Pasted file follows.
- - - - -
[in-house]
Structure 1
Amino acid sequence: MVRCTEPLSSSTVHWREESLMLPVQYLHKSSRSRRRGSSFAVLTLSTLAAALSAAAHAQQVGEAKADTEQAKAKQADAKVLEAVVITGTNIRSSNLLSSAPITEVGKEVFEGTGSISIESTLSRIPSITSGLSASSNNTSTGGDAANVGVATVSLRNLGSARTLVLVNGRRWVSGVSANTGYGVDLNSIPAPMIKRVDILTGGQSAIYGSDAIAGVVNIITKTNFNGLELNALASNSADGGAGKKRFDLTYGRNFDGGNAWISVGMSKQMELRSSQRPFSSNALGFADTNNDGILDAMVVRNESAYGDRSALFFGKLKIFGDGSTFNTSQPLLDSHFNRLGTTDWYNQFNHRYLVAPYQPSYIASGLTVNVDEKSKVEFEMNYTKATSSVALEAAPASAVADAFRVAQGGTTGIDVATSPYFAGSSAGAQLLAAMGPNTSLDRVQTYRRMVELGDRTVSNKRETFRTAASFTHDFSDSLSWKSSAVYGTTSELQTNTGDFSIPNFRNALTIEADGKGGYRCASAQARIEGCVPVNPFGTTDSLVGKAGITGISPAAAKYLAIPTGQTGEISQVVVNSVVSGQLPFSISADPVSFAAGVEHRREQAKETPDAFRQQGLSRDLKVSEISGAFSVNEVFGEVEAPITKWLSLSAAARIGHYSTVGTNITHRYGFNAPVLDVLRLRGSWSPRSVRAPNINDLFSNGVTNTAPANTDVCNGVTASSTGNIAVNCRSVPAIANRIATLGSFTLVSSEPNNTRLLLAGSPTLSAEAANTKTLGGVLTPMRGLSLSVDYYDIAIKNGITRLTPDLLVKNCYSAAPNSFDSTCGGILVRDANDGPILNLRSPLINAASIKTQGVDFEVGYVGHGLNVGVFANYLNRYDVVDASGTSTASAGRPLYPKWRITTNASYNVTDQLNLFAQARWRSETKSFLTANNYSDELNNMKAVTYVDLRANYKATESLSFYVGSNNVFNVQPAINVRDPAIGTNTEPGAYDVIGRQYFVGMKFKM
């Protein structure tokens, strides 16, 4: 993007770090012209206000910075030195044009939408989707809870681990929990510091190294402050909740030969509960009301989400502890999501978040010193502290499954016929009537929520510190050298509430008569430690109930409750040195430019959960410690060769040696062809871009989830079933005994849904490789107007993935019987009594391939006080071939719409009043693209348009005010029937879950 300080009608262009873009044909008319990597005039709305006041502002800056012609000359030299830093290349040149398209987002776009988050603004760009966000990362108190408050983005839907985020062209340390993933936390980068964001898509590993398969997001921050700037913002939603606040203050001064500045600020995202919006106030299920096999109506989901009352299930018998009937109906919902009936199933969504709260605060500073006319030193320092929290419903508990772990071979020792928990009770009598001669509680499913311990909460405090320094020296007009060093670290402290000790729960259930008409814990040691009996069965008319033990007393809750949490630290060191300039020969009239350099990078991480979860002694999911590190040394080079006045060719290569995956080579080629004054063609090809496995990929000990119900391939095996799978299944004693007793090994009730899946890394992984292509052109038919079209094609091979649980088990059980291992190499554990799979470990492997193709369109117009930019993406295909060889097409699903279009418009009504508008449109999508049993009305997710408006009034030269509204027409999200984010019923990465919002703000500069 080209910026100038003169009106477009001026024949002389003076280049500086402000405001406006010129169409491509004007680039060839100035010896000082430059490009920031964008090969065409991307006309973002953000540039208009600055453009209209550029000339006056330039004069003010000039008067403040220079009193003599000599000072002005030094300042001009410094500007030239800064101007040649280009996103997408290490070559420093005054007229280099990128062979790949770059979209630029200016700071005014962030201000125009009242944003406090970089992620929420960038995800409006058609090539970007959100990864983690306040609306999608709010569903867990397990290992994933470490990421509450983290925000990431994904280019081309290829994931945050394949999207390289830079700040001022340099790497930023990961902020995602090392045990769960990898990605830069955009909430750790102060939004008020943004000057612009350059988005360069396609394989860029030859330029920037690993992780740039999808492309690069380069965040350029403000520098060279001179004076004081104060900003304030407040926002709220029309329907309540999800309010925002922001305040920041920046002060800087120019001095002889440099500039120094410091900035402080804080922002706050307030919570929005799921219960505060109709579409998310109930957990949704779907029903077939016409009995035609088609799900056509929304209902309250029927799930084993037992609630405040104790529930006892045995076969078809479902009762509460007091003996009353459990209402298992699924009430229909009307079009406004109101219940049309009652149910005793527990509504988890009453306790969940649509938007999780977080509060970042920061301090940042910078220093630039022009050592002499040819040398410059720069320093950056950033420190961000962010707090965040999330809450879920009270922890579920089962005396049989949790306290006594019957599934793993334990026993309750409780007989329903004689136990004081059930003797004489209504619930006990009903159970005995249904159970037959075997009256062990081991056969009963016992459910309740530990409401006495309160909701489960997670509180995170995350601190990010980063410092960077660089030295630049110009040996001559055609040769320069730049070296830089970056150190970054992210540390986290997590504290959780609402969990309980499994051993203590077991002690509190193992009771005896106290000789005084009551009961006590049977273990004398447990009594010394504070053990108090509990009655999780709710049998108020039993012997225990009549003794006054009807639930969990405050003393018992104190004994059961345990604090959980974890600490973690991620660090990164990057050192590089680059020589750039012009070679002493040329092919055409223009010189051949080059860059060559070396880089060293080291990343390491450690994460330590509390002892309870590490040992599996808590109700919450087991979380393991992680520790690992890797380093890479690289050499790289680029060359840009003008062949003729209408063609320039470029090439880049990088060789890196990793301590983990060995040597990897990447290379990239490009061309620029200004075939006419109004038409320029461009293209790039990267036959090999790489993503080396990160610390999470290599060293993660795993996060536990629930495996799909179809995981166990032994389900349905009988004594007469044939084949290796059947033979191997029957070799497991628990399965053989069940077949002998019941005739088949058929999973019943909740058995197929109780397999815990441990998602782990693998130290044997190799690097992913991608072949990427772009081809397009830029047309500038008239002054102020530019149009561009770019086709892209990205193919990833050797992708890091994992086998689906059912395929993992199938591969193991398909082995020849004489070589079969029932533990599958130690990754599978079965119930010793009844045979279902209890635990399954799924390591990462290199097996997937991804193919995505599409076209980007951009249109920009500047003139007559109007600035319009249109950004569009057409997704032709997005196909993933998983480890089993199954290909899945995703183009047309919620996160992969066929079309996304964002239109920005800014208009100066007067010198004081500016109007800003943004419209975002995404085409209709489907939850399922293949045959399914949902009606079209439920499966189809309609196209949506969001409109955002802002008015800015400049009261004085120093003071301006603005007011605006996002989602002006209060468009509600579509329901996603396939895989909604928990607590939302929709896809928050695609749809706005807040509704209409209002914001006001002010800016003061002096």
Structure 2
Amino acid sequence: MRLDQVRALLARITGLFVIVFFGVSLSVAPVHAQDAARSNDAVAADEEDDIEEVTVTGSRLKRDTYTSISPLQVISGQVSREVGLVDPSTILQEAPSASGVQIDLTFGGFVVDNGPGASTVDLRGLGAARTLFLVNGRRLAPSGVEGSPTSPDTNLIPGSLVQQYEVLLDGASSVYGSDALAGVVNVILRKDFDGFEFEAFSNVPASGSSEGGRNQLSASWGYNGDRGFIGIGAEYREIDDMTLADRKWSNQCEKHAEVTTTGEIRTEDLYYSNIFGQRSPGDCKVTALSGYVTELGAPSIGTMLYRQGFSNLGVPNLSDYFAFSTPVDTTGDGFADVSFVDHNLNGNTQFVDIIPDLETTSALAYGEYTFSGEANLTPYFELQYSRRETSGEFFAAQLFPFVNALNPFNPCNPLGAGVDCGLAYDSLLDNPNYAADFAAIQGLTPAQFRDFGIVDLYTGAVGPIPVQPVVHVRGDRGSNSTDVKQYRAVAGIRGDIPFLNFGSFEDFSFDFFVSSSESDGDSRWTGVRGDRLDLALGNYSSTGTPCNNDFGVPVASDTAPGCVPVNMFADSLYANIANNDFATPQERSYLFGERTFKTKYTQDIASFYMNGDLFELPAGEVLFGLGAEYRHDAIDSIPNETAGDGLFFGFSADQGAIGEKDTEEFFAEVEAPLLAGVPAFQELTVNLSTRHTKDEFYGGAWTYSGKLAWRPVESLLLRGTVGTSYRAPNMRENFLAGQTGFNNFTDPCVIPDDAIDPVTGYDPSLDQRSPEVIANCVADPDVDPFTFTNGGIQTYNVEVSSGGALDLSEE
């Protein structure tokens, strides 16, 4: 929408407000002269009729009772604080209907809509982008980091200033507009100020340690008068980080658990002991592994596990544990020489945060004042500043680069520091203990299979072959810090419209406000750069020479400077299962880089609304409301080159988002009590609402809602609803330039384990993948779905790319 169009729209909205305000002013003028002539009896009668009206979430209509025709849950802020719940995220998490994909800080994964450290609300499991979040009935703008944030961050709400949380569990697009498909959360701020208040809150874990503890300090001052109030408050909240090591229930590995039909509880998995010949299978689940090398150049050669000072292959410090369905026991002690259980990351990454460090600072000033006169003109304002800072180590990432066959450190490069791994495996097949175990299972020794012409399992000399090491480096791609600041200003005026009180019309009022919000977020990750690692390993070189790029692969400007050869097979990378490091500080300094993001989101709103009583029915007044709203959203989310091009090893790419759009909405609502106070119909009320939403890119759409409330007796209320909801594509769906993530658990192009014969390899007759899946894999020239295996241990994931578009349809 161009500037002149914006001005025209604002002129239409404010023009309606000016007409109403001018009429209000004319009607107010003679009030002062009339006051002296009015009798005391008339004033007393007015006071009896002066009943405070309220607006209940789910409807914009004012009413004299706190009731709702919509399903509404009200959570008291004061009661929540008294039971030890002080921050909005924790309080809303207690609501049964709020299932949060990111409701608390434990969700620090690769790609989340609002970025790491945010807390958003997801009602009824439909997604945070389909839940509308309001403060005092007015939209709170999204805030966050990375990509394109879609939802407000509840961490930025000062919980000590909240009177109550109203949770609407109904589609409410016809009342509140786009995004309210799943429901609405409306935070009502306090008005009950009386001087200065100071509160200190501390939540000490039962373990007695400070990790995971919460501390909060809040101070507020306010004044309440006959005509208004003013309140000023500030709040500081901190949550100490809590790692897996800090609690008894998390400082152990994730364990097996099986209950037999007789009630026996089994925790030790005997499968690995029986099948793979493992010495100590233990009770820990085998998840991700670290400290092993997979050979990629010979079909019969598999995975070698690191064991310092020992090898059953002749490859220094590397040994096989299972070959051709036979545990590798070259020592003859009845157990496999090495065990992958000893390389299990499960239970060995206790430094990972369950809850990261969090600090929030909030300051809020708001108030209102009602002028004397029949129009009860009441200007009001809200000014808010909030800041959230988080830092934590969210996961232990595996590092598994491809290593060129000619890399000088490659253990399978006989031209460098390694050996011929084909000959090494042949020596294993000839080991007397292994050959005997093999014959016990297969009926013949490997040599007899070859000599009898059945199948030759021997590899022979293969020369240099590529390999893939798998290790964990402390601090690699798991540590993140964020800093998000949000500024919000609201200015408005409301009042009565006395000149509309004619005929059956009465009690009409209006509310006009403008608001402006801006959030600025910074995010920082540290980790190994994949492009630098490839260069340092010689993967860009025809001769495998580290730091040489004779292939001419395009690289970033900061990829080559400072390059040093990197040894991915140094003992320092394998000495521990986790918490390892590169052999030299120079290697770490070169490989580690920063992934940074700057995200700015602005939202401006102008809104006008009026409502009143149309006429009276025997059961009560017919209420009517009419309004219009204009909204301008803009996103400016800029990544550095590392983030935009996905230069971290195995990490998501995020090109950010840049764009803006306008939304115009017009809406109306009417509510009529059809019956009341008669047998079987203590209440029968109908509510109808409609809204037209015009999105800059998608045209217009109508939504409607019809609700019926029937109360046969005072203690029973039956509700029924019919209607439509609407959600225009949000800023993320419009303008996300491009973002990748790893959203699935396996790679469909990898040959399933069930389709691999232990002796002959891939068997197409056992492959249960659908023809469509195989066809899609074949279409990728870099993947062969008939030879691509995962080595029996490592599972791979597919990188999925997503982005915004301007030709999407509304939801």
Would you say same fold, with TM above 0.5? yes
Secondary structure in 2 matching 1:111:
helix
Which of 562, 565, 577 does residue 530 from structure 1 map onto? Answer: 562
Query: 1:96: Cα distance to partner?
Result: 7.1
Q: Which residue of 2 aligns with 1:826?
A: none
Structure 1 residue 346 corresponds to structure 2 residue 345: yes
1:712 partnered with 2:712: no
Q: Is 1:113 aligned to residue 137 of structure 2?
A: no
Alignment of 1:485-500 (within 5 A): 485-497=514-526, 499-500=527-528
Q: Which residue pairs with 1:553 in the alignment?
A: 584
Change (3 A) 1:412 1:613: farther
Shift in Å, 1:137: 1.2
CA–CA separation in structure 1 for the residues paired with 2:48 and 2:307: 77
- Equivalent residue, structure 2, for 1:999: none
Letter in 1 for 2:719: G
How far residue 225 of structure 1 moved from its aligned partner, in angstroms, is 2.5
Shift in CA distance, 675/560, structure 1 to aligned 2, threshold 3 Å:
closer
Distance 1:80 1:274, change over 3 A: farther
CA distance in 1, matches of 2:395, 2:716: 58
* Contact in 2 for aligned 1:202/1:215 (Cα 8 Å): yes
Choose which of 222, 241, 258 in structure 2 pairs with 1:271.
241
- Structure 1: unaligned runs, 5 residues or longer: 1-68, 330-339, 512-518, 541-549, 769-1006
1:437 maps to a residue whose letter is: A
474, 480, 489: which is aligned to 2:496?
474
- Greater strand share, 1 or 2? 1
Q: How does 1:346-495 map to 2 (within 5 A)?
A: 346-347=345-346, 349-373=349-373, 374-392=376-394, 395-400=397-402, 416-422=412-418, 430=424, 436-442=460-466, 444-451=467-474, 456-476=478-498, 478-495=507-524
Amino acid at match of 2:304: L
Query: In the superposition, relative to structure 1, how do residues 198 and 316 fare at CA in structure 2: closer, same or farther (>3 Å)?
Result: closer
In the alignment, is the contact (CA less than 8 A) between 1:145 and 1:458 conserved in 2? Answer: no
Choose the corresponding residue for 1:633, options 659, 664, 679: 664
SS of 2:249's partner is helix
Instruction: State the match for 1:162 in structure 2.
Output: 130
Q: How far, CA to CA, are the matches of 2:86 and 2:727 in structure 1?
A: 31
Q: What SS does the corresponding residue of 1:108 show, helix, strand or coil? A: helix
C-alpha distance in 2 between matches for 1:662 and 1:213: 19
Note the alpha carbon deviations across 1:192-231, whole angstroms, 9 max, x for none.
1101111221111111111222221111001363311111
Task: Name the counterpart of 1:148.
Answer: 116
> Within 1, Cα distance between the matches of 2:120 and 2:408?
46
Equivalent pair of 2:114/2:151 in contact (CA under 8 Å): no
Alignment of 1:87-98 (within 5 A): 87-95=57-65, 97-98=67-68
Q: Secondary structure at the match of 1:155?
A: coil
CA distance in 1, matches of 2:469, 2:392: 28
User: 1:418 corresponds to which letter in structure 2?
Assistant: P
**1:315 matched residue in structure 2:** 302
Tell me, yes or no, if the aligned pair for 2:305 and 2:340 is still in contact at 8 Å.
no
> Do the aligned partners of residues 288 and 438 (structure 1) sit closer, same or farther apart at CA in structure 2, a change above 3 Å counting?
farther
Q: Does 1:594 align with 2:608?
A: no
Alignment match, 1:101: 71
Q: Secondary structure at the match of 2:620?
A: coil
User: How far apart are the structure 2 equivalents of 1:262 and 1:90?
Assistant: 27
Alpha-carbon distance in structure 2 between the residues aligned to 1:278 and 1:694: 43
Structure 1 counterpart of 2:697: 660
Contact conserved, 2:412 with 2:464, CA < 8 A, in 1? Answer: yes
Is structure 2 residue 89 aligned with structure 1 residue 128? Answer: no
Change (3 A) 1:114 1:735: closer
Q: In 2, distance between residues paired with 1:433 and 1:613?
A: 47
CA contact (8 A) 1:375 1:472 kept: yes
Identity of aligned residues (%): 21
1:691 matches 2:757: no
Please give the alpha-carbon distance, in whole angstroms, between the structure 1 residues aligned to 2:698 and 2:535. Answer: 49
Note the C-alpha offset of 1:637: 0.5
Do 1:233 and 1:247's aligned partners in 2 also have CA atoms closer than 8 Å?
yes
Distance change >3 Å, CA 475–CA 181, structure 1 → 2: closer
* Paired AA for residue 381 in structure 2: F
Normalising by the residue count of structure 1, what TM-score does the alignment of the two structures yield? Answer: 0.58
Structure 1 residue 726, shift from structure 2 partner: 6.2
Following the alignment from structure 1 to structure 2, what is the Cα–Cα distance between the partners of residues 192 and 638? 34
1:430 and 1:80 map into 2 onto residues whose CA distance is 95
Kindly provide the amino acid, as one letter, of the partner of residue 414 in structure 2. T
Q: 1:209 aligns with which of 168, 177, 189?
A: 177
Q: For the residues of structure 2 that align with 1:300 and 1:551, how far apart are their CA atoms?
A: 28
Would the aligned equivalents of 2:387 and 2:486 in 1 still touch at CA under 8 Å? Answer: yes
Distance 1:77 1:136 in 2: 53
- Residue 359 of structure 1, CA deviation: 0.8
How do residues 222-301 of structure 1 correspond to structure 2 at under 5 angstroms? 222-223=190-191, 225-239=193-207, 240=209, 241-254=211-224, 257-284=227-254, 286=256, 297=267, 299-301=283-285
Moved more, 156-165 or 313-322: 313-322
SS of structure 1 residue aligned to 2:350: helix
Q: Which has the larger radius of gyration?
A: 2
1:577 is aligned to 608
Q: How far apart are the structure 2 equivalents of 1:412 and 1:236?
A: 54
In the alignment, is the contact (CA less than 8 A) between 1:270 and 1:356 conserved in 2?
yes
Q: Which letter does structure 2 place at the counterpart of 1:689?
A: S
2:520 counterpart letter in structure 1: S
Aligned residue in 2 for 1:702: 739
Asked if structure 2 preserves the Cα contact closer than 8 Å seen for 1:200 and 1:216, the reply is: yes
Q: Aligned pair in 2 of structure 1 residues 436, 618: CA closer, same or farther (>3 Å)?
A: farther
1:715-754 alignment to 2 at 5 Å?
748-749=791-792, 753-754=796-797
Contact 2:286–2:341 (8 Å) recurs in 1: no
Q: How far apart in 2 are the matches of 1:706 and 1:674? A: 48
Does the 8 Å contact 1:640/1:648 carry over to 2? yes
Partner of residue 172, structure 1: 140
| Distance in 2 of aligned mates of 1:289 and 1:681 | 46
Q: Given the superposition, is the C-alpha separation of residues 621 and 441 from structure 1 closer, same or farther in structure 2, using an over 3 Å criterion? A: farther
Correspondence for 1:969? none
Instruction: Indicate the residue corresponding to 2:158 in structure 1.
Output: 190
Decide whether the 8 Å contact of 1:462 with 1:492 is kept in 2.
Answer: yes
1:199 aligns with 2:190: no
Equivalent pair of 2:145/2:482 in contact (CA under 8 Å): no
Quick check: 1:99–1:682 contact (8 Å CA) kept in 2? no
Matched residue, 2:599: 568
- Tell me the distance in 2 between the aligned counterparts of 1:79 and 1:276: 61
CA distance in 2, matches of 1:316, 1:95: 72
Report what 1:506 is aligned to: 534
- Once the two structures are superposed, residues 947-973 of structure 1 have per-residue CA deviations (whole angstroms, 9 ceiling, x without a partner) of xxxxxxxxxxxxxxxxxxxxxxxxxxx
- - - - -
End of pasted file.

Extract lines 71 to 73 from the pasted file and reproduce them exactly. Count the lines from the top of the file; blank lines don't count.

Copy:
> Do the aligned partners of residues 288 and 438 (structure 1) sit closer, same or farther apart at CA in structure 2, a change above 3 Å counting?
farther
Q: Does 1:594 align with 2:608?